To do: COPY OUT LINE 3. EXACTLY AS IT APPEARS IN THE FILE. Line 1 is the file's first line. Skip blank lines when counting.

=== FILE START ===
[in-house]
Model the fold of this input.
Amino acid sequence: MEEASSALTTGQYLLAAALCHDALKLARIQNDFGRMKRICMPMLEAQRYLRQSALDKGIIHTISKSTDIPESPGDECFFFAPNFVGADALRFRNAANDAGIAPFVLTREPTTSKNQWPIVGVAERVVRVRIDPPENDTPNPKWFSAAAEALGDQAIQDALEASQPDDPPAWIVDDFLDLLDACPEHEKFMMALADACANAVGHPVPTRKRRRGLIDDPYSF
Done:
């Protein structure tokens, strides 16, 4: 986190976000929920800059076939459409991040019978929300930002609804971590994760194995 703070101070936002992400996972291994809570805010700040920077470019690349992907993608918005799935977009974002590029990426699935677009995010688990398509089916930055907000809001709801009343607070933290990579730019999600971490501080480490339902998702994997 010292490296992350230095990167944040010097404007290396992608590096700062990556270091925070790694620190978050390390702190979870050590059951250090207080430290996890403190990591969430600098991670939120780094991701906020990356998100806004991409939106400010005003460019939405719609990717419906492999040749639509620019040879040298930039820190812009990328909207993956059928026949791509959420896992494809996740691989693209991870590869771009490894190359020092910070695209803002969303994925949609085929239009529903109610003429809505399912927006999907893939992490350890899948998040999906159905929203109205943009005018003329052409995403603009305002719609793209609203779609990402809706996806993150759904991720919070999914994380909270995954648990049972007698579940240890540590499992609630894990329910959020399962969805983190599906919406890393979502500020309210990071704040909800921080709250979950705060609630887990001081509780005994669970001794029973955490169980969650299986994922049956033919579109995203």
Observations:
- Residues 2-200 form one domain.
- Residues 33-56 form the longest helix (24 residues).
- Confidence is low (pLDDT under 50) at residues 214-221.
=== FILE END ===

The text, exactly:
Amino acid sequence: MEEASSALTTGQYLLAAALCHDALKLARIQNDFGRMKRICMPMLEAQRYLRQSALDKGIIHTISKSTDIPESPGDECFFFAPNFVGADALRFRNAANDAGIAPFVLTREPTTSKNQWPIVGVAERVVRVRIDPPENDTPNPKWFSAAAEALGDQAIQDALEASQPDDPPAWIVDDFLDLLDACPEHEKFMMALADACANAVGHPVPTRKRRRGLIDDPYSF